## Stream: new members

### Topic: Sum type cancellation

#### Grayson Burton (Mar 02 2020 at 01:28):

Hello. This is my first time posting here (or on Zulip at all) so if I should've put this somewhere else or done this differently, my bad.
I've been fairly stuck trying to prove this theorem that I believe is correct. I really want to stick to computable proofs as well, but I'm happy to bend that if need be.

-- Type isomorphism. Classically is equivalent to bijection but this allows me to use the inverse function g while staying computable.
def type_iso (α β : Type) : Prop := ∃ (f : α → β) (g : β → α),
function.left_inverse f g ∧ function.right_inverse f g

theorem sum_cancel {α β γ : Type} (hsum : type_iso (α ⊕ β) (α ⊕ γ)) : type_iso β γ :=
begin
cases hsum with fs gshfs,
cases gshfs with gs hfs,
let f : β → γ := λ x, sum.cases_on (fs $sum.inr x) (λ a, sorry) id, let g : γ → β := λ x, sum.cases_on (gs$ sum.inr x)
(λ a, sorry)
id,
existsi f,
existsi g,
split,
begin
intro x,
sorry
end,
begin
intro x,
sorry
end
end


(I could've used rintros for sum_cancel but am using the Lean web editor to draft this)
Can someone point me in the right direction? Thanks!

#### Mario Carneiro (Mar 02 2020 at 01:51):

The theorem is false. nat ⊕ empty is isomorphic to nat ⊕ nat

#### Mario Carneiro (Mar 02 2020 at 01:52):

By the way, the computable version of bijection is called equiv and there is a sizeable mathlib file about it

#### Bryan Gin-ge Chen (Mar 02 2020 at 01:54):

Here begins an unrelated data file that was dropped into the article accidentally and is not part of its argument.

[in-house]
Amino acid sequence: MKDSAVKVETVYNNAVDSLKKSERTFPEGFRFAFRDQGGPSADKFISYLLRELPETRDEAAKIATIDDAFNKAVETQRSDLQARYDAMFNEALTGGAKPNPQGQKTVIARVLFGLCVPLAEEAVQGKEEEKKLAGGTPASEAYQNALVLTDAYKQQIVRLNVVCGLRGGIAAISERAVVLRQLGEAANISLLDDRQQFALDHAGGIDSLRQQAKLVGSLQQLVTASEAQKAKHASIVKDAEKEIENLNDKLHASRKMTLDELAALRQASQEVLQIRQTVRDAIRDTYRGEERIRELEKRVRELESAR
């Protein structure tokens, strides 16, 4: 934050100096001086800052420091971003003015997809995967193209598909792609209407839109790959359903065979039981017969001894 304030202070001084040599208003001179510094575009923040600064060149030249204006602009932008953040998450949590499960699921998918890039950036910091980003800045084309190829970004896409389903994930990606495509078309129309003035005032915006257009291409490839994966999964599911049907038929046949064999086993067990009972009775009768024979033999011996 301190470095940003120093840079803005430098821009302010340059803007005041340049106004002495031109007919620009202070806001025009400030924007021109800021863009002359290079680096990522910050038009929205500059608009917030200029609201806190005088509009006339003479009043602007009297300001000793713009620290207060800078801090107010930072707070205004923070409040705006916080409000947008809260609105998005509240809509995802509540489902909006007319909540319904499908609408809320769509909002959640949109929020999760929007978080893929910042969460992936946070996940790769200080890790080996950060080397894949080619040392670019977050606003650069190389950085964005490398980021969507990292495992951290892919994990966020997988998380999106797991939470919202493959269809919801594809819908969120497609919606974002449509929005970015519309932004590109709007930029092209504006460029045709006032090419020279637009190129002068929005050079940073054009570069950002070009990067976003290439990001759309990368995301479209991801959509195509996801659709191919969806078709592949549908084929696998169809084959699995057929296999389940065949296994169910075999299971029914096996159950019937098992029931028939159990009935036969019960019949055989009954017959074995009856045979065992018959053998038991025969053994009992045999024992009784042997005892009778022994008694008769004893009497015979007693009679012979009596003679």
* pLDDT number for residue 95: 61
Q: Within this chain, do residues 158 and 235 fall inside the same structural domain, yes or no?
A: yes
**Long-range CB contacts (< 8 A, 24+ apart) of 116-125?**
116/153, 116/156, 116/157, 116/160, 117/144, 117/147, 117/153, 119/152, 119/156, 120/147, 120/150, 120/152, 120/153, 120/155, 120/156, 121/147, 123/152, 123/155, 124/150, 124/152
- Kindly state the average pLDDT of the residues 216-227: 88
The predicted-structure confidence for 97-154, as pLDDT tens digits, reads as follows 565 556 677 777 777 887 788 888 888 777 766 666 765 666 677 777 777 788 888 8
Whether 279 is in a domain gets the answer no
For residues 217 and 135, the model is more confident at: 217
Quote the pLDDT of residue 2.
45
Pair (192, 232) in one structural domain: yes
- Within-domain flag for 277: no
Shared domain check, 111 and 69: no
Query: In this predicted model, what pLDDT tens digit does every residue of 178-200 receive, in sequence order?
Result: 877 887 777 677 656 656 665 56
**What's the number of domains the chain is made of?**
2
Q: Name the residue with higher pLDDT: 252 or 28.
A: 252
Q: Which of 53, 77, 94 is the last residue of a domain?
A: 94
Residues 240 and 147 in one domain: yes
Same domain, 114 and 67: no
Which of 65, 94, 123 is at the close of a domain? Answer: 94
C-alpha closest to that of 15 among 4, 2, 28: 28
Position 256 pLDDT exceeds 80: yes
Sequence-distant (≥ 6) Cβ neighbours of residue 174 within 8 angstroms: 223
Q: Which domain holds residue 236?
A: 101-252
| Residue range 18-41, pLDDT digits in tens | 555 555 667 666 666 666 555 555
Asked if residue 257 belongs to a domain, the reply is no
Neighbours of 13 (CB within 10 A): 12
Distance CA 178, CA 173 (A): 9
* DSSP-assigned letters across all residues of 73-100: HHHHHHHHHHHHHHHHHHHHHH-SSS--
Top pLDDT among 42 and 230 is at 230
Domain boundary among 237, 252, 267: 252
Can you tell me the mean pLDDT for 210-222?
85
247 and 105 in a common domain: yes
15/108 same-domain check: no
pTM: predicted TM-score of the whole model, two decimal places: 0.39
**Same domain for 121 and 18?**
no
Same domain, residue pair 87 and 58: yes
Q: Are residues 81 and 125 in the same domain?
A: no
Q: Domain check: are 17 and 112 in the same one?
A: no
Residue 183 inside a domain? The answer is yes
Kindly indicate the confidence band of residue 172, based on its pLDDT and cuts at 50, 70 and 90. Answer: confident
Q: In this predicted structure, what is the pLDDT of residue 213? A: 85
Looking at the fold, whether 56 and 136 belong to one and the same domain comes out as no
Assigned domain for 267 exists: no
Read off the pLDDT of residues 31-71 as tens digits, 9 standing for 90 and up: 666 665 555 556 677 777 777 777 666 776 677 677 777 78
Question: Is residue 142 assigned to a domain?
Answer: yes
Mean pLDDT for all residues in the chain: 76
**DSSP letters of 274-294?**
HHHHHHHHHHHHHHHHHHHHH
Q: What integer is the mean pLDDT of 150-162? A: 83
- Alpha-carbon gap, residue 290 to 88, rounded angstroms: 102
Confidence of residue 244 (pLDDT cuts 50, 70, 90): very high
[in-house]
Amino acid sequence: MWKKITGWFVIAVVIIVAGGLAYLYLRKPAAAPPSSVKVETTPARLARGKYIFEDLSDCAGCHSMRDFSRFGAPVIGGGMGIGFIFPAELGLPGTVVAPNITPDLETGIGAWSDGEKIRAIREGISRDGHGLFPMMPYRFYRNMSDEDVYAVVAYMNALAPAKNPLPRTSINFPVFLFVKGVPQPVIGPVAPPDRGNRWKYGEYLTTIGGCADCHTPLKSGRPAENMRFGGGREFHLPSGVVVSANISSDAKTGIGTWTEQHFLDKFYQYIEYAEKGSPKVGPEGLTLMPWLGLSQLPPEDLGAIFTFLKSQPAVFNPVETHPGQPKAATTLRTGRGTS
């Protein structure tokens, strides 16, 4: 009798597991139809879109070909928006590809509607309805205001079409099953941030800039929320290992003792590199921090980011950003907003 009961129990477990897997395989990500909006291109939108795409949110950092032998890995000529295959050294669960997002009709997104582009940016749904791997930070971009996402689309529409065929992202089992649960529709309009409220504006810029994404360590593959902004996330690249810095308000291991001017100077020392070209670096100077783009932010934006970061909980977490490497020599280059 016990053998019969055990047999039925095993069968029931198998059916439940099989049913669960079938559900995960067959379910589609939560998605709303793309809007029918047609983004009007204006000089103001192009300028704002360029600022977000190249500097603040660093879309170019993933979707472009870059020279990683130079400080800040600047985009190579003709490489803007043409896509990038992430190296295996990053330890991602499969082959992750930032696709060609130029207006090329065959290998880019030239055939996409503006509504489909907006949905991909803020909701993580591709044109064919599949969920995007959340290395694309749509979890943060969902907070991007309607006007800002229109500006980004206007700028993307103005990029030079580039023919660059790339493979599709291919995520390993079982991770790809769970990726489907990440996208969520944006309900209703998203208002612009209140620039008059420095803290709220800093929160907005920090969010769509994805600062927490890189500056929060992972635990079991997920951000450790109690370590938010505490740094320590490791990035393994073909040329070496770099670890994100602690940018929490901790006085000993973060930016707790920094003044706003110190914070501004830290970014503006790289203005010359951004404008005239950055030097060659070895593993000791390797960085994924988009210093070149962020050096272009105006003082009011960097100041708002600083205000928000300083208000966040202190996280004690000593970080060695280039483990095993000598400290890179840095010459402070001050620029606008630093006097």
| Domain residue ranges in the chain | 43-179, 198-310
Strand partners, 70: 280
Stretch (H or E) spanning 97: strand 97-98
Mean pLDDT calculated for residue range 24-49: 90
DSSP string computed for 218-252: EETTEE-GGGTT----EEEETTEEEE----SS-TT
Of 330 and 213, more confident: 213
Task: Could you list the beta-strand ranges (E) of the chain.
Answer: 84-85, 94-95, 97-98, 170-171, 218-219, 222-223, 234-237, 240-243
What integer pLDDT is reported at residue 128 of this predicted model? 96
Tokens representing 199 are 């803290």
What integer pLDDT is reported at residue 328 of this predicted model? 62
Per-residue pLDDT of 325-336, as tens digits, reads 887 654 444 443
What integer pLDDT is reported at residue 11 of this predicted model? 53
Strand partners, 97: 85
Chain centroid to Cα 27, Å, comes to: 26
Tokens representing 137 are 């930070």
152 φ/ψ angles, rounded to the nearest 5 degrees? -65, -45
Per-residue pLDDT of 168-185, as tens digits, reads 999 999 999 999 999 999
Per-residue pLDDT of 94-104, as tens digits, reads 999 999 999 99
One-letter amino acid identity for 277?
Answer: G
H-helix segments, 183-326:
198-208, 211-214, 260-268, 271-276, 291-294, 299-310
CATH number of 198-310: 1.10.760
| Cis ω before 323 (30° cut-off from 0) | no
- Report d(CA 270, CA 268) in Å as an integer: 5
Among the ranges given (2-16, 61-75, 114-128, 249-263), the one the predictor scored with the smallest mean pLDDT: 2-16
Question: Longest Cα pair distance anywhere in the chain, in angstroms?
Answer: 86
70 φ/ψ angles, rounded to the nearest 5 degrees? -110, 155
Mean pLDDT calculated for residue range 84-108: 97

(You can use rintros in the community web editor if you import tactic.)

#### Grayson Burton (Mar 02 2020 at 02:01):

Oh cool. Thanks! @Mario Carneiro @Bryan Gin-ge Chen

#### Mario Carneiro (Mar 02 2020 at 02:02):

The theorem is true for cancelling option, or more generally if α is finite, but I don't think it is computable

#### Mario Carneiro (Mar 02 2020 at 02:06):

Actually, I think it might be computable. If f : option A -> option B has an inverse g, and you want to construct a function A -> B, you check if f (some a) = some b so you are done, or f (some a) = none in which case f none = some b. (f none cannot be none in this case since f is injective.)

#### Grayson Burton (Mar 02 2020 at 02:11):

I'll have to see about using data.equiv, it seems to have gotten most of the boilerplate out of the way (like proving type isomorphism an equivalence relation).

#### Grayson Burton (Mar 02 2020 at 06:49):

Product types aren't cancellative either. :( There go my dreams of embedding the commutative semiring of types in a signed type commutative ring

#### Reid Barton (Mar 02 2020 at 16:21):

https://ncatlab.org/nlab/show/Eilenberg+swindle

Last updated: May 09 2021 at 19:11 UTC